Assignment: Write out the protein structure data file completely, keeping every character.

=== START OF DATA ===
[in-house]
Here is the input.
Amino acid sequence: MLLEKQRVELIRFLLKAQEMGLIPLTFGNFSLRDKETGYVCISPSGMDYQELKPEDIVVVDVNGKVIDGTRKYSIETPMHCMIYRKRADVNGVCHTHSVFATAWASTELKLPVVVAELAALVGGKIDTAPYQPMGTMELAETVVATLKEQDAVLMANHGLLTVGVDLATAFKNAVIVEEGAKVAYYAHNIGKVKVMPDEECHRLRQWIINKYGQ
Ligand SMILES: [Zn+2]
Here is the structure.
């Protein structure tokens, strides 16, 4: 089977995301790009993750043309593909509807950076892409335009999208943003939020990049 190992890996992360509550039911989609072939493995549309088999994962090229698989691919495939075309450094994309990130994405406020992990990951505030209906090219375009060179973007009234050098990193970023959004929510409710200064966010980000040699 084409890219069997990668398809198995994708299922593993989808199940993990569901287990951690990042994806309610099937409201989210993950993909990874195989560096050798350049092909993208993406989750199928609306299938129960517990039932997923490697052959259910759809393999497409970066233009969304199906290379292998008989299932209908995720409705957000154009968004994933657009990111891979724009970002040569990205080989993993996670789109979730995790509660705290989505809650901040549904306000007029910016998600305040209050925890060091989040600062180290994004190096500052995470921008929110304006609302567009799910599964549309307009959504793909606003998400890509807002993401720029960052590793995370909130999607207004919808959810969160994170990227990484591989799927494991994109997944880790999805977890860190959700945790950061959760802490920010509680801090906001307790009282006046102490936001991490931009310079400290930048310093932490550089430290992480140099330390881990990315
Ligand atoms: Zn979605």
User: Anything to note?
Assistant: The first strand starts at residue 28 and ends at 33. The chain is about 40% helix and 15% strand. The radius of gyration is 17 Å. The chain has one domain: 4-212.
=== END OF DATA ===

[in-house]
Here is the input.
Amino acid sequence: MLLEKQRVELIRFLLKAQEMGLIPLTFGNFSLRDKETGYVCISPSGMDYQELKPEDIVVVDVNGKVIDGTRKYSIETPMHCMIYRKRADVNGVCHTHSVFATAWASTELKLPVVVAELAALVGGKIDTAPYQPMGTMELAETVVATLKEQDAVLMANHGLLTVGVDLATAFKNAVIVEEGAKVAYYAHNIGKVKVMPDEECHRLRQWIINKYGQ
Ligand SMILES: [Zn+2]
Here is the structure.
């Protein structure tokens, strides 16, 4: 089977995301790009993750043309593909509807950076892409335009999208943003939020990049 190992890996992360509550039911989609072939493995549309088999994962090229698989691919495939075309450094994309990130994405406020992990990951505030209906090219375009060179973007009234050098990193970023959004929510409710200064966010980000040699 084409890219069997990668398809198995994708299922593993989808199940993990569901287990951690990042994806309610099937409201989210993950993909990874195989560096050798350049092909993208993406989750199928609306299938129960517990039932997923490697052959259910759809393999497409970066233009969304199906290379292998008989299932209908995720409705957000154009968004994933657009990111891979724009970002040569990205080989993993996670789109979730995790509660705290989505809650901040549904306000007029910016998600305040209050925890060091989040600062180290994004190096500052995470921008929110304006609302567009799910599964549309307009959504793909606003998400890509807002993401720029960052590793995370909130999607207004919808959810969160994170990227990484591989799927494991994109997944880790999805977890860190959700945790950061959760802490920010509680801090906001307790009282006046102490936001991490931009310079400290930048310093932490550089430290992480140099330390881990990315
Ligand atoms: Zn979605």
User: Anything to note?
Assistant: The first strand starts at residue 28 and ends at 33. The chain is about 40% helix and 15% strand. The radius of gyration is 17 Å. The chain has one domain: 4-212.